codes will still generate ladder logic equivalent (e.g., mnemonics), much
like CNC software is used to generate a G code for machining.
• A PLC essentially replaces a microprocessor with external signal converters
and timer circuits.
More on IO Ports and CPU Processing
• Operation – The ports are opto-isolated for any discrepancy between the
PLC operating voltage and those of external devices.
• The output ports support both NPN (current sinking) and PNP (current
sourcing) external devices such as pneumatic actuators directly or via
relays or relay boards.
• Program Logic (Ladder) – Continuous scanning of program lines (rungs). In
each scan cycle, the outputs (relays or coils) for the rung is energized if the
inputs (switches) line. The outputs may be external or internal. The scan
cycle time is typically in a millisecond range.
• The PLC logic can be programmed into a microprocessor or built into a
circuit using standard gate logic ICs, RC or oscillator timers, and counter
circuits. To reduce the chip count by a factor of 2 to 3, the gate logic may
be programmed into a PAL, PLA or GAL chip.
Inputs and Outputs
• Inputs (Switches) – All external 0-1 inputs are considered momentary and
are registered at the beginning of a scan cycle.
• Types - Normally Open, Normally Closed, Rising Edge, and Falling Edge.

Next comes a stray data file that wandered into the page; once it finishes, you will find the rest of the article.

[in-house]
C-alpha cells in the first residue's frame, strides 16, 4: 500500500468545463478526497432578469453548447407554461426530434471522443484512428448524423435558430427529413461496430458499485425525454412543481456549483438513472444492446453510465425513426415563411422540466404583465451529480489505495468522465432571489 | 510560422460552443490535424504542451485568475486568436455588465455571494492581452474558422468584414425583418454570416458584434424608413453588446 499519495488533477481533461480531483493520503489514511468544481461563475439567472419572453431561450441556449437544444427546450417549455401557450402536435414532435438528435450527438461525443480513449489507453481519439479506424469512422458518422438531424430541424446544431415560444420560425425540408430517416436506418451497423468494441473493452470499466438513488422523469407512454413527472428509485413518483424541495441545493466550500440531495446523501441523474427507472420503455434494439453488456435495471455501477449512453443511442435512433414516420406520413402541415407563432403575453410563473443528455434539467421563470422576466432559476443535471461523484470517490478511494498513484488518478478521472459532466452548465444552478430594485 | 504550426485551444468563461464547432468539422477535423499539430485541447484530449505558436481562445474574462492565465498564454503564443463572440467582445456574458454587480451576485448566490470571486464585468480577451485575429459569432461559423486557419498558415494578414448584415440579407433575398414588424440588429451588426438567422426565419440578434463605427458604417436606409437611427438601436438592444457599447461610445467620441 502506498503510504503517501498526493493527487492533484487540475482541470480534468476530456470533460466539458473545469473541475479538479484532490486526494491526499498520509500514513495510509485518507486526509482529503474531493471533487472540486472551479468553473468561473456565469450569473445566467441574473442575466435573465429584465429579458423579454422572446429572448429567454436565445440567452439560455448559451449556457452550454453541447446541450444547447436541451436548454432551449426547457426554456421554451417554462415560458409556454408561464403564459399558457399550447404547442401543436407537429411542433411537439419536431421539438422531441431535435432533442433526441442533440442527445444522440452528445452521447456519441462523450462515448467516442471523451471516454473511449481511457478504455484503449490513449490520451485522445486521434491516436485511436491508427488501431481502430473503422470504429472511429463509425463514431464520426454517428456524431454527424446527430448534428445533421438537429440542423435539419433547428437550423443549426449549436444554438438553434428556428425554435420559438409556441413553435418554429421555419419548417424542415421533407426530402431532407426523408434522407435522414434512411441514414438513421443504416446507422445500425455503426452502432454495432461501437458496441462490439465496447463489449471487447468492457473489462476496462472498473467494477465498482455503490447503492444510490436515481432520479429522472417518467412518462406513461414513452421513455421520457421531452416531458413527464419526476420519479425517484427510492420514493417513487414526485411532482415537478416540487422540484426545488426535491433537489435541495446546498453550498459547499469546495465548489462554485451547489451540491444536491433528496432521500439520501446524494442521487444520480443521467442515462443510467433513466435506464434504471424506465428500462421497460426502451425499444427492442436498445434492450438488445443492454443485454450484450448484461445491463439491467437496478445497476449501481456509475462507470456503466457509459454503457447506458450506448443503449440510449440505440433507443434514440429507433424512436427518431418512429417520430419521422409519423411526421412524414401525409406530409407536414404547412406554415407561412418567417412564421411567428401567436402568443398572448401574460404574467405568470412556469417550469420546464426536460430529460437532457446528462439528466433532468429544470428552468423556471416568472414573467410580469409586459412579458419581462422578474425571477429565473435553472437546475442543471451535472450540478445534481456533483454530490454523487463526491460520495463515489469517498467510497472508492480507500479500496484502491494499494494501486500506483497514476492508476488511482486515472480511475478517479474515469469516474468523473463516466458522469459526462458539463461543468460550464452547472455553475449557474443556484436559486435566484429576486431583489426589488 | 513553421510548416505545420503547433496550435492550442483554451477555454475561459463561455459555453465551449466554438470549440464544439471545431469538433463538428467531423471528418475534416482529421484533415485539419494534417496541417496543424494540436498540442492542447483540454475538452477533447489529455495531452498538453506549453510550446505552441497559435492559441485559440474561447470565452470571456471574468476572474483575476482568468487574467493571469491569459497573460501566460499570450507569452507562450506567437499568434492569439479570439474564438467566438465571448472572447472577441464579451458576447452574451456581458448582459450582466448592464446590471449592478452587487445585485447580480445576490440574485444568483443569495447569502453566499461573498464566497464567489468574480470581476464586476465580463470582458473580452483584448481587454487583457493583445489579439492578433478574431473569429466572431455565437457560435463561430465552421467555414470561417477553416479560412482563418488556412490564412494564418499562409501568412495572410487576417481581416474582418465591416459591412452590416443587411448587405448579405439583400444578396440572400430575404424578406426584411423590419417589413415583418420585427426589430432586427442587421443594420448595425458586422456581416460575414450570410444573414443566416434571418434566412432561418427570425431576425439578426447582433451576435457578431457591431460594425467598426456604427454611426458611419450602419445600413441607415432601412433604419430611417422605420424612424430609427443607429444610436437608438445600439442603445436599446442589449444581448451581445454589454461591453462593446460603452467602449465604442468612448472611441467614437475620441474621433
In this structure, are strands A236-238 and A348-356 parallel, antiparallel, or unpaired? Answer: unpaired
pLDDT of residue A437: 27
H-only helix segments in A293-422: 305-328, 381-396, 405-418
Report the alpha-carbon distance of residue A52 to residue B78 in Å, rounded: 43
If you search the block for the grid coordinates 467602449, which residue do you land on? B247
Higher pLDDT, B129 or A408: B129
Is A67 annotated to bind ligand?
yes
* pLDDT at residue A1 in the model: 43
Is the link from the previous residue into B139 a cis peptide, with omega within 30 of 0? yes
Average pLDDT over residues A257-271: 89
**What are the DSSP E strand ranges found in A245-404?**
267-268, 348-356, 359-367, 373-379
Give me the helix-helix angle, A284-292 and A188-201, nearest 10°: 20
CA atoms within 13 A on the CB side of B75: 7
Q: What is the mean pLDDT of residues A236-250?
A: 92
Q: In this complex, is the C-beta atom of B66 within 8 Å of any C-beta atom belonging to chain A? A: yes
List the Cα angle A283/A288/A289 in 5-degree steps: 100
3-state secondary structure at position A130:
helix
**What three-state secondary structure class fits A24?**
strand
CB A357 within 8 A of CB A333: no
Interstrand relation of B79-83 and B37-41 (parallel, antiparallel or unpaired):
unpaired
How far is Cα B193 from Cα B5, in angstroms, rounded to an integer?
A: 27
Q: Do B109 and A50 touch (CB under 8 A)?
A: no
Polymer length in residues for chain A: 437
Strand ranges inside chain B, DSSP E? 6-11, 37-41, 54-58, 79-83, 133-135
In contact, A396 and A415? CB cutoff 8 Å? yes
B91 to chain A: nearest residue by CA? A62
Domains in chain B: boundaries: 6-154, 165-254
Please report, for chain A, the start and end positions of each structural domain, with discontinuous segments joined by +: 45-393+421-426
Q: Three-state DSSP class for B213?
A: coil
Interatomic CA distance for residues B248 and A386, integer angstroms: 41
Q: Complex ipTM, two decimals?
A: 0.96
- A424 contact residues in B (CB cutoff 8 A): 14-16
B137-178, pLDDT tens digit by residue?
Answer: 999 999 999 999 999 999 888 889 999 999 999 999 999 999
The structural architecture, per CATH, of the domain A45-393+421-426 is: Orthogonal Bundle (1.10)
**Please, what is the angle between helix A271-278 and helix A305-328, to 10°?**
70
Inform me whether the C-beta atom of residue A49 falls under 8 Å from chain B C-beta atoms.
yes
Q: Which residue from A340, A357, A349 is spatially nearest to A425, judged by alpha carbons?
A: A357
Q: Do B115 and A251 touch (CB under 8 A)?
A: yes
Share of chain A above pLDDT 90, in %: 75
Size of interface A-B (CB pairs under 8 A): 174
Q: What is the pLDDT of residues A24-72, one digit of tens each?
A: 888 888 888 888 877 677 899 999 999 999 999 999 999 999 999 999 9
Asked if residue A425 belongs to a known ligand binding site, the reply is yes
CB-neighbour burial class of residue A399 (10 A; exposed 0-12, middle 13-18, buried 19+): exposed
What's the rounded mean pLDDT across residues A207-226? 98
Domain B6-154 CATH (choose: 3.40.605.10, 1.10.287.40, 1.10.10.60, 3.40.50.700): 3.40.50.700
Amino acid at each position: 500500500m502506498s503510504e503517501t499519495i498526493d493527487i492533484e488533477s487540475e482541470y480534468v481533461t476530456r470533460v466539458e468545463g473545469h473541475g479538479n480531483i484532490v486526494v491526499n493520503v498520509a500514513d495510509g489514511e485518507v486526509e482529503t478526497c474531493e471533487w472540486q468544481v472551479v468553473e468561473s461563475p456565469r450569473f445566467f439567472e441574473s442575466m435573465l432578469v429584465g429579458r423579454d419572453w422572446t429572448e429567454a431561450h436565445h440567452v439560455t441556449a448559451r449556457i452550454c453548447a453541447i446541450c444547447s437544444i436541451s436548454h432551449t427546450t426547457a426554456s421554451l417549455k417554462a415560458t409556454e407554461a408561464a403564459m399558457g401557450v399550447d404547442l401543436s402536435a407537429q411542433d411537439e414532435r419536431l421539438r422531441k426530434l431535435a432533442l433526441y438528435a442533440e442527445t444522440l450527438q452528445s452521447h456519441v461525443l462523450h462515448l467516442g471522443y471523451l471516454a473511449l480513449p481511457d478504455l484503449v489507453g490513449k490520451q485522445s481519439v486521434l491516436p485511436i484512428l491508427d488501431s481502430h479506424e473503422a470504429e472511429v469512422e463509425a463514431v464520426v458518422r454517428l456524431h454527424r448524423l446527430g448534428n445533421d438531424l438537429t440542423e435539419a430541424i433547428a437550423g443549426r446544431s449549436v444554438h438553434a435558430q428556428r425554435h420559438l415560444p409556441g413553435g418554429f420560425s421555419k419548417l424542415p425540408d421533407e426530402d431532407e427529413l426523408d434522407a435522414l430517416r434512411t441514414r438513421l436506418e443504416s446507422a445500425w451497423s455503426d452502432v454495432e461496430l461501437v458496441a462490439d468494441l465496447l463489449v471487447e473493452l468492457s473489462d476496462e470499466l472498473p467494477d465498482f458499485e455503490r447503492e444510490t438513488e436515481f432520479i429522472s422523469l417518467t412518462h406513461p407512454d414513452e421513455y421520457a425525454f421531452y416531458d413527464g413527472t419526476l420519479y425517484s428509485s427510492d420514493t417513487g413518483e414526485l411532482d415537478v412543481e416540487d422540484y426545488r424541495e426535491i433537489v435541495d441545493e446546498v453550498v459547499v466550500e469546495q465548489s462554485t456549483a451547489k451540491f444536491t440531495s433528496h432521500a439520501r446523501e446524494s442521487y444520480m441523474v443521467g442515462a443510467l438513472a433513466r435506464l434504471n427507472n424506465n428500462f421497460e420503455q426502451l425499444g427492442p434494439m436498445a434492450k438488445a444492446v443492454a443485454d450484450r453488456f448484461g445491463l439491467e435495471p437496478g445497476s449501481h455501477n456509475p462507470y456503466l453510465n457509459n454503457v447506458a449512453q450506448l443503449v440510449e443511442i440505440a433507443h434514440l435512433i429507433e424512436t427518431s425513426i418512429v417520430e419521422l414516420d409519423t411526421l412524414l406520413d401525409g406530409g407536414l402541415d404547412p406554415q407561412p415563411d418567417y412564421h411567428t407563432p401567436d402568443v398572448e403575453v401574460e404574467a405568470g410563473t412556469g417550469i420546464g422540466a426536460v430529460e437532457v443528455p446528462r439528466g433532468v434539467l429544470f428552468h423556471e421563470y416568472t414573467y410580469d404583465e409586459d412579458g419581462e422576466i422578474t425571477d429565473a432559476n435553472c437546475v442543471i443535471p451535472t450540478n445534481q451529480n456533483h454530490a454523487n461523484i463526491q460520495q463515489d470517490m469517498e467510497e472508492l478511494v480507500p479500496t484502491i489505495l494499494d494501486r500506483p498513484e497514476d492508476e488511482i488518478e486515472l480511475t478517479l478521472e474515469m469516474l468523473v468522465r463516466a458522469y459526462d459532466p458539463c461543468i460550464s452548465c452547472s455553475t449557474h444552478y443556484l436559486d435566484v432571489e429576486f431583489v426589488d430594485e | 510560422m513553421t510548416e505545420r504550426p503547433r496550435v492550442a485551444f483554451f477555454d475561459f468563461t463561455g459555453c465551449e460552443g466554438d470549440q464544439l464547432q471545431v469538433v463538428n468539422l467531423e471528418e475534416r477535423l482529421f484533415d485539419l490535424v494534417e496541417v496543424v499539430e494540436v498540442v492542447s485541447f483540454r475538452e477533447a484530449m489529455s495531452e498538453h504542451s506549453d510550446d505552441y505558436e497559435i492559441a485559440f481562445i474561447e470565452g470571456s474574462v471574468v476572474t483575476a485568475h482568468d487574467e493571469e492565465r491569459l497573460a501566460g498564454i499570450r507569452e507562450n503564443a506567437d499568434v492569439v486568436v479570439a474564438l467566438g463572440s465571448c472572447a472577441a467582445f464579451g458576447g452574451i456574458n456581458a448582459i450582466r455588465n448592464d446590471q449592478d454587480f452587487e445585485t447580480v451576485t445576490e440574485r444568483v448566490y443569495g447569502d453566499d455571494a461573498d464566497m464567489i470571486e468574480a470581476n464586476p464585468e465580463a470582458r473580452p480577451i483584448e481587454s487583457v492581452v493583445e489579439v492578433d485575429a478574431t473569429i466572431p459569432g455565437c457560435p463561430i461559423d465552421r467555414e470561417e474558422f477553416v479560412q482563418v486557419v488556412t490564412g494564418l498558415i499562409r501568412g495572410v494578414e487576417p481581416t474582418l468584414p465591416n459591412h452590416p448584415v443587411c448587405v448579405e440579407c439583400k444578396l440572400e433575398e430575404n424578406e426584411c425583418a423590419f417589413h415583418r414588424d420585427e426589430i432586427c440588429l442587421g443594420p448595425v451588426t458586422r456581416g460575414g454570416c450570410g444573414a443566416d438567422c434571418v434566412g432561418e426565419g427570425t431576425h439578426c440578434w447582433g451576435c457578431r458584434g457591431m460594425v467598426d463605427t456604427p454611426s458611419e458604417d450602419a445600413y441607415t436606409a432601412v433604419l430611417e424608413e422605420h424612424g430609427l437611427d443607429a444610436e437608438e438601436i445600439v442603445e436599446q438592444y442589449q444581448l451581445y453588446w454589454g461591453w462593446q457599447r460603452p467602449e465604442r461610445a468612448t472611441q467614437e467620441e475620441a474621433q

The R.E. and F.E. switch types “very” momentary and may be substituted
with a NO or a NC switch with an internal switch over two scan cycles. Thus,
a PLC does not have to have provisions for RE and FE switches.
• Outputs (Coils) - External relay signals (pull down) and internal transient
“dummy” outputs, timer and counter outputs.
• Types - Momentary (ON while Input is true .), SET/RESET (Latch/Unlatch)
• The Set/Reset outputs can be substituted with a momentary type using a
retentive memory logic circuit.
• The external outputs are for turning on relays for motor starters,
pneumatic valves for air cylinders, and hard-wired flag signals.
• Scanning cycle – A PLC works much like a gate logic IC which
completes its circuit propagation by clock signal. PLC has a scan cycle
time in which all rungs are scanned sequentially to see if the input
conditions are met. At the end of the scan, all outputs are updated,
followed by input read.
• Retentive memory circuit – The scan cycle enables a PLC acting like a
flip-flop IC which retains the previous state. With that, SET/RESET
can be substituted with retentive memory circuit. Also, Rising/Falling
edge function can be substituted.
Timers and Counters
• Timers and Counters – Timers are driven by internal clock. Whereas,
counters are driven by external event including encoder inputs. Both
have limits set and are reset when the limits are reached.
• The timer output (“time’s up”) may be up for one scan cycle only. If
so, the status must be saved in a memory.